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Mexican Independence Day celebration leads traffic gridlock in Chicago's Loop, more expected this weekend

The city has been prepping for this, encouraging people to celebrate Mexican Independence Day peacefully.

CHICAGO (WLS) -- It was a night of chaos Friday in the Loop as revelers celebrated Mexican Independence Day took over the streets.

Thousands of people in cars and on foot blocked traffic for several hours and streets were cleared up across downtown early Saturday morning.

Celebrations lasted until the early morning hours, with huge crowds of people taking over the streets and blocking traffic throughout the Loop.

Some of the crowds with cars were draped in flags with music blasting. Some people set off fireworks and other people in the crowd danced and waved flags in the street.

These celebrations have appeared to grow in recent years, making their way from the neighborhoods into the Loop.

Mexican Independence Day is an annual event that takes place on Sept. 16, celebrating Mexico's declaration of independence from Spain in 1810.

Police ramped up patrols through the night, with some officers in riot gear trying to manage congestion.

City leaders and Chicago police have encouraged people to celebrate Mexican Independence Day, with several festivals lined up for this weekend, but they're asking people to do so safely through the rest of the weekend.

Police said most of the crowds from overnight cleared out within the hours of 3 a.m. to 5 a.m. There's no word on any arrests.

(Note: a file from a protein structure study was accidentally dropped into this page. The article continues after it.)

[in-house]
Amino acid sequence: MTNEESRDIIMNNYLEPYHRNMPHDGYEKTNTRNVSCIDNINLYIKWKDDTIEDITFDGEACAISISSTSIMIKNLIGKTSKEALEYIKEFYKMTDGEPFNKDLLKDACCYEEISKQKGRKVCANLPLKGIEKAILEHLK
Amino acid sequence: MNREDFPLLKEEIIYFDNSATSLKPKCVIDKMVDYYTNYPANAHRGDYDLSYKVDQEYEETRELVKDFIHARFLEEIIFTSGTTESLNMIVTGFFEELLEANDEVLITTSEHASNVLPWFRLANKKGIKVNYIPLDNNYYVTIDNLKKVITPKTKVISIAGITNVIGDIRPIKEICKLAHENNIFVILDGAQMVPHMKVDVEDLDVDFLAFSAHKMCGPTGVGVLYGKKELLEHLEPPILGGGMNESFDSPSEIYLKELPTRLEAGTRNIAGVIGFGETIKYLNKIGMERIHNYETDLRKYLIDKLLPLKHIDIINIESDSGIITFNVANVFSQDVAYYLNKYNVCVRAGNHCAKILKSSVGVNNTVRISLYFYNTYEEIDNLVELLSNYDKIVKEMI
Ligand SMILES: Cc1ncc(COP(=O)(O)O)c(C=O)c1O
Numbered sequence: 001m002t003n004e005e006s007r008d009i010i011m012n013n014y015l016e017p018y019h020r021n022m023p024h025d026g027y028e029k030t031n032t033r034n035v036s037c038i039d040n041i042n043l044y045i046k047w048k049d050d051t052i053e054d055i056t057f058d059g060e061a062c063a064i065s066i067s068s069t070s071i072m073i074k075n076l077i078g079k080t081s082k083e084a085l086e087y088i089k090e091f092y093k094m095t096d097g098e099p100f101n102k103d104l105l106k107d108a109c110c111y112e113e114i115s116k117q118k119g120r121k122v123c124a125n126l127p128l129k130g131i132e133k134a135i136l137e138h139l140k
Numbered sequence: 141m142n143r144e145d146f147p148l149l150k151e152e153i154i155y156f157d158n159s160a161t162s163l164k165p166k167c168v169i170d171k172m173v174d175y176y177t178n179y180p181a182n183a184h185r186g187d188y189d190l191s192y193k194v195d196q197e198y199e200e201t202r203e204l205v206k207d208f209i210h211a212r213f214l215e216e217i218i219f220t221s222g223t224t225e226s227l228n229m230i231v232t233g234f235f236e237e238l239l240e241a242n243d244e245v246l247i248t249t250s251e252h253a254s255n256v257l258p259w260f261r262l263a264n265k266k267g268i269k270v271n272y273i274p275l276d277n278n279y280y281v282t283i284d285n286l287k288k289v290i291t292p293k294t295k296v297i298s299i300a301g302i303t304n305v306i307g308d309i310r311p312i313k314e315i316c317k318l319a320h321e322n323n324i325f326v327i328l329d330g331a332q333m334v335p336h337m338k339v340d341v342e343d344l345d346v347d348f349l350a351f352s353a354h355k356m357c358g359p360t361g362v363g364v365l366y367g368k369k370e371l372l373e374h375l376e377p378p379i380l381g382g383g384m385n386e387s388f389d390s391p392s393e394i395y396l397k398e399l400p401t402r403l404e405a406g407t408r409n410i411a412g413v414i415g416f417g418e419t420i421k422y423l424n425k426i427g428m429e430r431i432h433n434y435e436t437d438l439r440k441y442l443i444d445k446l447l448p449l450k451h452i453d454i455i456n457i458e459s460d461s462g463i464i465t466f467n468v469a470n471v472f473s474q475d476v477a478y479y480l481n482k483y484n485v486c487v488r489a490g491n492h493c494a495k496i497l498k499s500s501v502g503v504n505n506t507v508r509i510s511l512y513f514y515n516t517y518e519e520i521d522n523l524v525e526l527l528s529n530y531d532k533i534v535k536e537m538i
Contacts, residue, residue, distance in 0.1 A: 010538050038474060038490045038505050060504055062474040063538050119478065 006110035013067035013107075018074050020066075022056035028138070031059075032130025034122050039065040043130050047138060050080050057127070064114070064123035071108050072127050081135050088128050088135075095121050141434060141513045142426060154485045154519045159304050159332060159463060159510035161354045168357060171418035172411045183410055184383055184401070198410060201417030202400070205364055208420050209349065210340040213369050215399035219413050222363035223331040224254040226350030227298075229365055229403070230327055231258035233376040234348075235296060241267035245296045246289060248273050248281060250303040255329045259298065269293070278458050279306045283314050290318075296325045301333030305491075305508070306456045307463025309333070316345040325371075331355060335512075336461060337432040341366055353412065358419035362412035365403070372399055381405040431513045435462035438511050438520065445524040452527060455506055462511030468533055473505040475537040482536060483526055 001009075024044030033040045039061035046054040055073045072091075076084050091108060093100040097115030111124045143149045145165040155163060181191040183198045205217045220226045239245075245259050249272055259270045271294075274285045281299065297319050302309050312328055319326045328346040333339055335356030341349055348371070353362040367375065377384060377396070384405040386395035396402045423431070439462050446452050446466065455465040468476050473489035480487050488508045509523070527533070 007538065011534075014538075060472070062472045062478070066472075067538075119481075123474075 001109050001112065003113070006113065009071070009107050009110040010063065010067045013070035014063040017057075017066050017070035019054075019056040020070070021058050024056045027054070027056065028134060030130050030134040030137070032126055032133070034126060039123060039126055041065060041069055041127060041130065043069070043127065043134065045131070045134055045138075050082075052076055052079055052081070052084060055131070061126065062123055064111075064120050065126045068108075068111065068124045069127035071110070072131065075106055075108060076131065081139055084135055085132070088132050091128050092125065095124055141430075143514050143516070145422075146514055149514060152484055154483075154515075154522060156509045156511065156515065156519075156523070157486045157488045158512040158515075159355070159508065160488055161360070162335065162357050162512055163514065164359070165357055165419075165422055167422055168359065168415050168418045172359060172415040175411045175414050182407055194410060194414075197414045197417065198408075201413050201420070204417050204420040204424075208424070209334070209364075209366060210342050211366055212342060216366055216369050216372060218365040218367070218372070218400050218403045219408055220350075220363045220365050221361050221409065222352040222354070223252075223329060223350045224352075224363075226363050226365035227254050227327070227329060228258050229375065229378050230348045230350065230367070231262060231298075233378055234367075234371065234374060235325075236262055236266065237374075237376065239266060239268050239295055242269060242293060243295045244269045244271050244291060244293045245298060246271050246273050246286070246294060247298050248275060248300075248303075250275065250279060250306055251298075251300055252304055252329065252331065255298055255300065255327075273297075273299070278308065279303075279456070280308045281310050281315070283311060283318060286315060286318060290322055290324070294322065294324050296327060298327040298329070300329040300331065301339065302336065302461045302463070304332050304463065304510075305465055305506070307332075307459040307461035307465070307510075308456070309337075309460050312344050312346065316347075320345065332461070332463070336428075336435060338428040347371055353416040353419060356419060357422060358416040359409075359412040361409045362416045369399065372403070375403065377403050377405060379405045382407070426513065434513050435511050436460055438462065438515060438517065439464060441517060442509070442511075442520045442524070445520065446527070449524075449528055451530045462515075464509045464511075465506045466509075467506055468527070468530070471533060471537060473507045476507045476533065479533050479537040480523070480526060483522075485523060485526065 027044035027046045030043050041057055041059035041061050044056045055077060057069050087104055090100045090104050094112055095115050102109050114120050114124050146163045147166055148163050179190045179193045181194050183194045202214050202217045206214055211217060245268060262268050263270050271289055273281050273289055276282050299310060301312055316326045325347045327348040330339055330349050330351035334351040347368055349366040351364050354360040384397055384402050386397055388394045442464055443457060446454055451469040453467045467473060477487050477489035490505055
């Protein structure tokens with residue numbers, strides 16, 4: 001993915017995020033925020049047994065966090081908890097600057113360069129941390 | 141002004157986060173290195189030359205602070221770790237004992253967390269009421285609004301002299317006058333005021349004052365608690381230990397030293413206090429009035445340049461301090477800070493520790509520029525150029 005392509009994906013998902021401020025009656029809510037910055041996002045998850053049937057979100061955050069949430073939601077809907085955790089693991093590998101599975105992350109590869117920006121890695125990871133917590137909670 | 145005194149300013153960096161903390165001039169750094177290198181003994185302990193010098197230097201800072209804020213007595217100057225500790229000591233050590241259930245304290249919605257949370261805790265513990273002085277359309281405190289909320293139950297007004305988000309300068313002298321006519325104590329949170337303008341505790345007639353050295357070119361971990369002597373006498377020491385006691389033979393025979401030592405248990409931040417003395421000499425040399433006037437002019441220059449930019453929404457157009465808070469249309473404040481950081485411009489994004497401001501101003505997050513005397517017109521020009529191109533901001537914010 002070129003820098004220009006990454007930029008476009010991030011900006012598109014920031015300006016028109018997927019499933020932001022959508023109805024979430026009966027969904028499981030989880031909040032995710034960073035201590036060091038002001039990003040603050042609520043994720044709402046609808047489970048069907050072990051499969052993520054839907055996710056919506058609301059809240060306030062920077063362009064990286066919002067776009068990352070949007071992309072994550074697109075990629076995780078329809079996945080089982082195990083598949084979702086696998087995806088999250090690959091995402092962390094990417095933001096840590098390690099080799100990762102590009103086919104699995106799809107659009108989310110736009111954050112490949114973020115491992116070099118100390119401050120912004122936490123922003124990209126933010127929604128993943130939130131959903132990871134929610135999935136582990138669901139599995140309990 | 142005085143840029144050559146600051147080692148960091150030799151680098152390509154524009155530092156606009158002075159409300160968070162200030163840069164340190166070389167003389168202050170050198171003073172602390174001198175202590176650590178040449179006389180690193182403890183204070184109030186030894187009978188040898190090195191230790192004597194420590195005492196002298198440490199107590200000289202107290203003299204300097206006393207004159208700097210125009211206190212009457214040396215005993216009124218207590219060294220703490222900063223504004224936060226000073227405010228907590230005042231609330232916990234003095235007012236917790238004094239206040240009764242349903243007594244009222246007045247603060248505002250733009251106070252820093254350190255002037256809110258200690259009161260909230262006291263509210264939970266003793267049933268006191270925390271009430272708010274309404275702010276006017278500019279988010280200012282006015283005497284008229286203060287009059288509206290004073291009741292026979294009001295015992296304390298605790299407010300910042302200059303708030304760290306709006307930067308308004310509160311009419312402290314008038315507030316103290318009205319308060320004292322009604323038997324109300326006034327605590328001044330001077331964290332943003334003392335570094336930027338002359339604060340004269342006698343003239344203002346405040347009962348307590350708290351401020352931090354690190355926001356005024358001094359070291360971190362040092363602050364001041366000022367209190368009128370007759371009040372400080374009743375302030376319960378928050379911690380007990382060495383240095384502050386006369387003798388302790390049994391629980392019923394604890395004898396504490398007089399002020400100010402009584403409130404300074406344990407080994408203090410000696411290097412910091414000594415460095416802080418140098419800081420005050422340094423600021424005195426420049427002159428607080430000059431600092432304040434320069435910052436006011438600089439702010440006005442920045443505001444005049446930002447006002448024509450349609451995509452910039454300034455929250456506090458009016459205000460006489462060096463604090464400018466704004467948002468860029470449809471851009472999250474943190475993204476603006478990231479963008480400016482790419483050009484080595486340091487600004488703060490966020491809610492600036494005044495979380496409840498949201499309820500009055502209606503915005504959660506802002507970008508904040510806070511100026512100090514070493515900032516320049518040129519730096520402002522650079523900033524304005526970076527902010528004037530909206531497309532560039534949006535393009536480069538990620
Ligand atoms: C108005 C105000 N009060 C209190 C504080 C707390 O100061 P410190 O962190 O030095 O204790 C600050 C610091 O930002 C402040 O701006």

Celebrations are expected to last through the weekend like previous years, and will include people heading to the 10th annual Pilsen Fest Saturday, along with the Mexican Patriotic Parade Sunday near 87th Street.

During Pilsen Fest, La Casa Del Pueblo Taqueria will feature tamales from Northern Mexico and other specialties to represent other parts of the Mexico.

"Right now we need to embrace it, the same type of people, I don't care if you are Black, brown, white," said George Haro, at La Casa Del Pueblo. "This is a holiday. Let's celebrate."

The outdoor festival is free, and celebrates the neighborhood's rich past and present.

"We wanted to make it accessible," Pilsen Fest founder Esmirna Garcia said. "There's a lot of talent that exists in our community."

It's all a special reminder of the good things happening for this community.

"I'm so proud of my Mexican people," Little Village resident Maria Vazquez said. "We are doing so good, and I see a lot of people doing a lot for Chicago."

The party extends to the suburbs too, as the city of Aurora hosted its Hispanic Pioneers Breakfast, followed by a Mexican flag raising ceremony.

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